When she turns to Plato’s treatment of Pericles’ Funeral Oration in the Menexenus (Chapter Seven), Monoson shows how Plato replaces the democratic and reciprocal relations eulogized by Pericles with a greater emphasis on the metaphor of proper familial relations between children and their parents as the model for attitudes of virtuous citizens towards their political community. At the same time, she demonstrates that Plato’s ironic and critical rendition of Pericles’ Funeral Oration was not simply designed to damn it — and thus democracy — for the dialogue suggests features of funeral oratory that Plato seems to praise.

Despite Monoson’s claim that the distinctive character of her research stems from its use of cultural “imaginaries,” her account of Platonic philosophy as more “unorthodox” than wholly anti-democratic appears in a chapter that is relatively devoid of cultural references per se. Chapter Five involves careful readings of the Seventh Letter, a significant debt to Glenn Morrow’s reading of Plato’s Laws, an account of the Academy that views it as an honorable antecedent of liberal arts college education, and an anti-doctrinal reading of the Republic. With respect to the Republic, Monoson particularly emphasizes how Plato’s treatment of the democratic forms of unjust cities and men in Book 8 does not reveal their characters as the next-to-worst political and psychological regimes but rather as ambiguous and often praiseworthy forms of life. She convincingly argues that Plato takes democratic orders to be clearly better than oligarchies if also clearly worse than ideal aristocracies.

I found Monoson’s book to be enormously interesting, principally because of the range of historical, political, cultural, and literary references that she coherently links and then uses to illuminate Plato’s dialogues. Additionally, her book does not overreach. Monoson does not claim that Plato was a closet democrat; nor is she a cultural determinist in her reading of Platonic dialogues. These strengths, however, reveal corollary weaknesses. For, after showing how simplistic readings of Plato’s political thought as essentially anti-democratic do not stand up against the evidence of his debts to Athenian democracy, she is not able to show conclusively what is the precise weight of the evidence she has gathered when put up against interpretations of Plato that read him as a literary dramatist, philosophical logician, architect of radical political critique, all three simultaneously, or some combination thereof at different times. At one level, this complaint is irrelevant, for she does not set out to refute specific Platonic scholars or interpretive perspectives. At another, however, it raises questions about how deeply her subtle and complex cultural readings of Athenian politics and Plato also shape our understanding of each of them. Here are four that occurred to me.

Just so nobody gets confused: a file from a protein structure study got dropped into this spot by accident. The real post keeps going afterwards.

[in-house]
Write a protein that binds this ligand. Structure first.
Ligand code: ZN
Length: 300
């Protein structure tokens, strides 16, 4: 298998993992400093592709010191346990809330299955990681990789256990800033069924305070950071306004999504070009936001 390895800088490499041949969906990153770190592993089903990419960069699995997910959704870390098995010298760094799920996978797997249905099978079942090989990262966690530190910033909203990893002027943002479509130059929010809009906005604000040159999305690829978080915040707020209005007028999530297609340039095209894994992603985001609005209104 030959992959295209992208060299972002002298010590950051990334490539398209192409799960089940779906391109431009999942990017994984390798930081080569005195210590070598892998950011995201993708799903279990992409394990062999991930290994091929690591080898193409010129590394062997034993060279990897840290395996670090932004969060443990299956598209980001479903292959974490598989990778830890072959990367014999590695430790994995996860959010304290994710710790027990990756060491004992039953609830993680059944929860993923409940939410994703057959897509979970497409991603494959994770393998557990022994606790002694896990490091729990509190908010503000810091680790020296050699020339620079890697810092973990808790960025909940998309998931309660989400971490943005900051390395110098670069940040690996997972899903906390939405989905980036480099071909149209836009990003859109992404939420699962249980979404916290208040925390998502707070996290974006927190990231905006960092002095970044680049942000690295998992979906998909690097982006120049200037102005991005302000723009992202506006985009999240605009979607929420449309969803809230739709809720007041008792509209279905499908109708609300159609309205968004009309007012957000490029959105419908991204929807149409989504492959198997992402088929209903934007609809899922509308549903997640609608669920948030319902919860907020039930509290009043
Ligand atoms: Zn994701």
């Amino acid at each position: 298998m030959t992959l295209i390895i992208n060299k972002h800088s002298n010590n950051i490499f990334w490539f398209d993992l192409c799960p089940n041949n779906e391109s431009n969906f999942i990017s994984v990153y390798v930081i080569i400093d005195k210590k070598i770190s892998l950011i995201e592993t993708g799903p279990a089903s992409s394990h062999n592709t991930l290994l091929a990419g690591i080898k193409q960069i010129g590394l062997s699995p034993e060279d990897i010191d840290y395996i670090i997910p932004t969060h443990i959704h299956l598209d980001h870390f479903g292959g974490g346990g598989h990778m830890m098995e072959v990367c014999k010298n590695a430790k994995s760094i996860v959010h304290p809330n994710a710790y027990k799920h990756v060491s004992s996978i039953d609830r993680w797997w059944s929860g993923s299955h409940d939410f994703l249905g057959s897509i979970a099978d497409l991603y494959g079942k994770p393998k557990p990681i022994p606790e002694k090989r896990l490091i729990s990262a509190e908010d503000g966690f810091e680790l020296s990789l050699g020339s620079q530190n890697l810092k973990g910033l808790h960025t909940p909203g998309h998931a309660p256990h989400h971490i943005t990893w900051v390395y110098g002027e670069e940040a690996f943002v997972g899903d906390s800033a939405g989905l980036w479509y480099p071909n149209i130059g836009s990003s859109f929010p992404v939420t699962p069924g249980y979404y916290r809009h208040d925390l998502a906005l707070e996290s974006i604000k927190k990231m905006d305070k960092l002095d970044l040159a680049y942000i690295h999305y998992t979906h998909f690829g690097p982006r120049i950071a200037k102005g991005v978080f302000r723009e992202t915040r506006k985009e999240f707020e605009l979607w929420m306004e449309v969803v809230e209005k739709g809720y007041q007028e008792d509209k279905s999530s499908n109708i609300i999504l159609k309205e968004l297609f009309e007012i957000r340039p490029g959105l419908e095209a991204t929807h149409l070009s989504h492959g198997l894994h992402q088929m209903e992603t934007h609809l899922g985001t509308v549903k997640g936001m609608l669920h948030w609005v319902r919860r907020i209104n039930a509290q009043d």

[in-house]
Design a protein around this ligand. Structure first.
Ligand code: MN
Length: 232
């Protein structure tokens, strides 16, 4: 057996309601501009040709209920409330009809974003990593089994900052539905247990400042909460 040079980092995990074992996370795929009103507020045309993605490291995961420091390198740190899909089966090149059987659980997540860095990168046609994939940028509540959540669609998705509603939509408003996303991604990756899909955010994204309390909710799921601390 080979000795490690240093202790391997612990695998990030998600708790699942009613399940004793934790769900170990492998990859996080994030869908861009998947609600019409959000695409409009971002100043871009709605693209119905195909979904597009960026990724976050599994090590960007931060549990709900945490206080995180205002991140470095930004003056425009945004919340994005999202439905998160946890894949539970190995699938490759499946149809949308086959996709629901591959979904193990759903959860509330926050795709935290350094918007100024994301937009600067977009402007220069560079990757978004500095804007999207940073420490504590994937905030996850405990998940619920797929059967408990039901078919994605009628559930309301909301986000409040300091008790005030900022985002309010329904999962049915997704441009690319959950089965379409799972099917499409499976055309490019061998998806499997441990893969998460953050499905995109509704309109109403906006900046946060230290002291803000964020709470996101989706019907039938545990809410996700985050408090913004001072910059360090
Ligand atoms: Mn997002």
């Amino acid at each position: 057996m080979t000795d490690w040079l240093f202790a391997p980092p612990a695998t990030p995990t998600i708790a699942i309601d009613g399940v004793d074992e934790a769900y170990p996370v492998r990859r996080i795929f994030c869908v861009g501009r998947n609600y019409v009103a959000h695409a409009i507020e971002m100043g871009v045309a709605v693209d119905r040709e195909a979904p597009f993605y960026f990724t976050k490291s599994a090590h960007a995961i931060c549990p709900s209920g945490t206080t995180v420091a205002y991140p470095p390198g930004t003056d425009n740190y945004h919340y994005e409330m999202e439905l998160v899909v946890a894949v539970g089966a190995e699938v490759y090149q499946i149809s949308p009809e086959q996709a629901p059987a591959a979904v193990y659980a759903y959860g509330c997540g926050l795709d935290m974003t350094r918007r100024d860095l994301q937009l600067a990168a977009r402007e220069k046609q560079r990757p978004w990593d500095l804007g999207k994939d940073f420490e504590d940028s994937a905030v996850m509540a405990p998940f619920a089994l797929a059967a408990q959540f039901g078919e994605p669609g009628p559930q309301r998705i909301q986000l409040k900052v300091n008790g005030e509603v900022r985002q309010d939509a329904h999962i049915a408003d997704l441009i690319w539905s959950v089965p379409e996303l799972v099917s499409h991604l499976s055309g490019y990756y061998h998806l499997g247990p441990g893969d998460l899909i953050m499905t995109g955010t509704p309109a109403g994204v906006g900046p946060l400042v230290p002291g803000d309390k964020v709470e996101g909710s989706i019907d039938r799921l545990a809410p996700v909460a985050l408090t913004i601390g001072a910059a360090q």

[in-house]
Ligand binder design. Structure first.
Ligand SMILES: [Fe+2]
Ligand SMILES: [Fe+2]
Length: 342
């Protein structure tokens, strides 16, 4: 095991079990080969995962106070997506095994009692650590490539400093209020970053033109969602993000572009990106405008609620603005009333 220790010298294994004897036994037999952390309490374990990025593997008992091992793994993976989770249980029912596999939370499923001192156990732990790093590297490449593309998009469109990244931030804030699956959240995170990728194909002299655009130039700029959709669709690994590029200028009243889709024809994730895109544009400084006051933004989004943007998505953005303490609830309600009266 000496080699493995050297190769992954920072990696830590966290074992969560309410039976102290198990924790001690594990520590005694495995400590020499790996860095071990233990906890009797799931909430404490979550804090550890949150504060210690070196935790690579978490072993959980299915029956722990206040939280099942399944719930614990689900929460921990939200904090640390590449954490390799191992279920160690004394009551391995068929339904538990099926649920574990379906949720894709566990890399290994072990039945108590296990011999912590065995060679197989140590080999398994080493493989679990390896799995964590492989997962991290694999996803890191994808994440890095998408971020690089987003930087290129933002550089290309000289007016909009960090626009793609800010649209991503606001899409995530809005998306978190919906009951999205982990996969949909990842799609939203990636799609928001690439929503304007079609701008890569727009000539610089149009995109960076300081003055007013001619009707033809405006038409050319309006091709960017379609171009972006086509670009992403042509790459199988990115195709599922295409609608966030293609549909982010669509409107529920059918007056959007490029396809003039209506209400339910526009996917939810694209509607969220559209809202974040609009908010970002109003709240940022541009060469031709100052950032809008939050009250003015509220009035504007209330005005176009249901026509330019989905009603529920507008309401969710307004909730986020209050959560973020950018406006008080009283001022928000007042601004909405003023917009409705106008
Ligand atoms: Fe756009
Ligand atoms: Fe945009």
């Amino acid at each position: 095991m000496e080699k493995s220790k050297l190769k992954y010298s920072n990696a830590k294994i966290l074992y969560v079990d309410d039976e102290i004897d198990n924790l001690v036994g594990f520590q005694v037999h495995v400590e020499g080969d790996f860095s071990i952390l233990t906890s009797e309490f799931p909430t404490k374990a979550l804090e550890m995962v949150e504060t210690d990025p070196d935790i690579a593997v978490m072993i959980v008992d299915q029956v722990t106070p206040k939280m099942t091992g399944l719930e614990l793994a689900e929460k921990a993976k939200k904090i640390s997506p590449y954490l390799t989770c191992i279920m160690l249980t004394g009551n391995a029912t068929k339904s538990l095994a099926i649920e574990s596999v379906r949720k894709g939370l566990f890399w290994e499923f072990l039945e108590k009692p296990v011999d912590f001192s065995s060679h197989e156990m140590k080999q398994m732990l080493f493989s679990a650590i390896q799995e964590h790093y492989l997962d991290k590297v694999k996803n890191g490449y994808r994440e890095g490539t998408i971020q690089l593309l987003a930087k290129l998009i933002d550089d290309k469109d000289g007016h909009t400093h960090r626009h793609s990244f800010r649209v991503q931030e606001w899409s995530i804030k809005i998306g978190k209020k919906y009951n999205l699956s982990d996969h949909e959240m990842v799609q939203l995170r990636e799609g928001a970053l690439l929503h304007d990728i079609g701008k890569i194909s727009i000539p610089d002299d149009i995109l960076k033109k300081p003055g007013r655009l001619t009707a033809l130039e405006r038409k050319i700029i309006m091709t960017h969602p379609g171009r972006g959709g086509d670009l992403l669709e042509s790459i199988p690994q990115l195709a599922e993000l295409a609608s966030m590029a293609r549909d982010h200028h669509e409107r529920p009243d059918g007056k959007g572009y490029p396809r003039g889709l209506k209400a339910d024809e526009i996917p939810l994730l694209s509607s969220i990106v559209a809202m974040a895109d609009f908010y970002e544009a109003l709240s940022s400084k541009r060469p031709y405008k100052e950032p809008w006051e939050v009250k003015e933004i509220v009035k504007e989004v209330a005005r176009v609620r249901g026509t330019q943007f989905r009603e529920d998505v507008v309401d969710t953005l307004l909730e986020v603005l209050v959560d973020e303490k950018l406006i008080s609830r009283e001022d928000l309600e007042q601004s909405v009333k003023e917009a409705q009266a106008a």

First, after accepting the social reality of cultural meaning, the practicality of a society’s “imaginary” or “self-image,” how are we to assess the weight of its influence on philosophical argument? To answer such a question, one should assess the worth of scholarship (by, for example, Castoriadis, Geertz, or Anderson) that affirms the importance of cultural studies for the interpretation of philosophical texts. Monoson does not undertake that project in this book; nor does she advance an answer of her own (although she certainly could do both in the future).